Paradise Lost: A Poem in Twelve Books, Band 1

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R. Bladon, T. Lawes, S. Crowder, C. Ware, and T. Payne, 1784 - 463 Seiten
 

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Seite 124 - The birds their quire apply ; airs, vernal airs, Breathing the smell of field and grove, attune The trembling leaves, while universal Pan, Knit with the Graces and the Hours in dance, Led on the eternal Spring.
Seite 4 - A dungeon horrible, on all sides round, As one great furnace flamed; yet from those flames No light; but rather darkness visible Served only to discover sights of woe, Regions of sorrow, doleful shades, where peace And rest can never dwell, hope never comes That comes to all, but torture without end Still urges, and a fiery deluge, fed With ever-burning sulphur unconsumed.
Seite 11 - Here we may reign secure ; and, in my choice, To reign is worth ambition, though in Hell : Better to reign in Hell than serve in Heaven.
Seite 83 - Or of the eternal co-eternal beam, May I express thee unblamed ? since God is light, And never but in unapproached light Dwelt from eternity, dwelt then in thee, Bright effluence of bright essence increate.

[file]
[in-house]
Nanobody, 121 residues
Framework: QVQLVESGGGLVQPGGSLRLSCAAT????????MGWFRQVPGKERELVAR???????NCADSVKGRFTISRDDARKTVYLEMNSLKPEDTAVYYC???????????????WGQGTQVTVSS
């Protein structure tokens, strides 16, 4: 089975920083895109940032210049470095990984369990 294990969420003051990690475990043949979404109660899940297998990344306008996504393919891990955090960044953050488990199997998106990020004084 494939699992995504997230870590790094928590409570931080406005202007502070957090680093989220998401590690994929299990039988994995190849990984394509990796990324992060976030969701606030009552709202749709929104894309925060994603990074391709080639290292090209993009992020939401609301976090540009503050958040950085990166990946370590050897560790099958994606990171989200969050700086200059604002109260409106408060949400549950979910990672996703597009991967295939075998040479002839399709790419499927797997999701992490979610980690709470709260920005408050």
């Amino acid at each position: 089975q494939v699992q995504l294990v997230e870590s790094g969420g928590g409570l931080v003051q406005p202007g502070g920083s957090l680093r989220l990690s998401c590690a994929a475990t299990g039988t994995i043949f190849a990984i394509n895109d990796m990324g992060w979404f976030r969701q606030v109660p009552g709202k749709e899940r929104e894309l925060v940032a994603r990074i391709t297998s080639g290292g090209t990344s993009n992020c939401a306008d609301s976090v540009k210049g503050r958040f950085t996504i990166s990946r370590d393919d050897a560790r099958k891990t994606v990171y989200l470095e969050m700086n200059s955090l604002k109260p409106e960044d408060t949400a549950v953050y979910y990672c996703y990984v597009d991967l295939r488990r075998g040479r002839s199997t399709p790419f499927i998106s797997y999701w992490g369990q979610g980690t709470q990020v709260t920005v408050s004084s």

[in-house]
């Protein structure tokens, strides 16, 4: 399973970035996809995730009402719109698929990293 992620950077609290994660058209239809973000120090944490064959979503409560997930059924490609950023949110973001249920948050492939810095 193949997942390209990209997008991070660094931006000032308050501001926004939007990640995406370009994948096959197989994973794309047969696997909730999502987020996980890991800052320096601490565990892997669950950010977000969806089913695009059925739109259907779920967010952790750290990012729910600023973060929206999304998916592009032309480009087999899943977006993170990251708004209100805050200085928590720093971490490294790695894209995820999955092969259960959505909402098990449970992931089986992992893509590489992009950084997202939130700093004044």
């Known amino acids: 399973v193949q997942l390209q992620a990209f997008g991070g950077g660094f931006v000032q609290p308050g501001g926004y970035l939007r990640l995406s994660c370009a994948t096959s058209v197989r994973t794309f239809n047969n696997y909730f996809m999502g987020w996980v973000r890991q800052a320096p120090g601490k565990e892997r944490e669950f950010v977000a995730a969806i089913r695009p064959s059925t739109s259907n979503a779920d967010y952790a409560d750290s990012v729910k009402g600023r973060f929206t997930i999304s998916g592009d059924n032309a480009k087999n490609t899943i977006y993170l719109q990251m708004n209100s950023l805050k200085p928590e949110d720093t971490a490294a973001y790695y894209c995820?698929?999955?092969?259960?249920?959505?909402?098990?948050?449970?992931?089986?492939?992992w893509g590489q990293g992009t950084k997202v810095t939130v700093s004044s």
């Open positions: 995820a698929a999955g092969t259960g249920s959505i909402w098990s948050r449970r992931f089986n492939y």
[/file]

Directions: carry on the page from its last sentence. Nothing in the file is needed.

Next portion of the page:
Seite 10 - Aloft, incumbent on the dusky air, That felt unusual weight; till on dry land He lights — if it were land that ever...
Seite 141 - So saying, on he led his radiant files, Dazzling the moon: these to the bower direct In search of whom they sought: him there they found Squat like a toad, close at the ear of Eve, Assaying by his devilish art to reach The organs of her fancy, and with them forge Illusions as he list, phantasms and dreams...
Seite 130 - Not distant far from thence a murmuring sound Of waters issued from a cave and spread Into a liquid plain then stood unmoved Pure as the expanse of heaven I thither went With unexperienced thought and laid me down On the green bank to look into the clear Smooth lake that to me seemed another sky.
Seite 29 - Obscure some glimpse of joy, to have found their chief Not in despair, to have found themselves not lost In loss itself: which on his countenance cast Like doubtful hue : but he, his wonted pride Soon recollecting, with high words, that bore Semblance of worth, not substance, gently raised Their fainting courage, and dispell'd their fears.
Seite 6 - Extort from me. To bow and sue for grace With suppliant knee, and deify his power, Who from the terror of this arm so late Doubted his empire; that were low indeed, That were an ignominy...
Seite 17 - With gay religions, full of pomp and gold, And devils to adore for deities : Then were they known to men by various names, And various idols through the heathen world.

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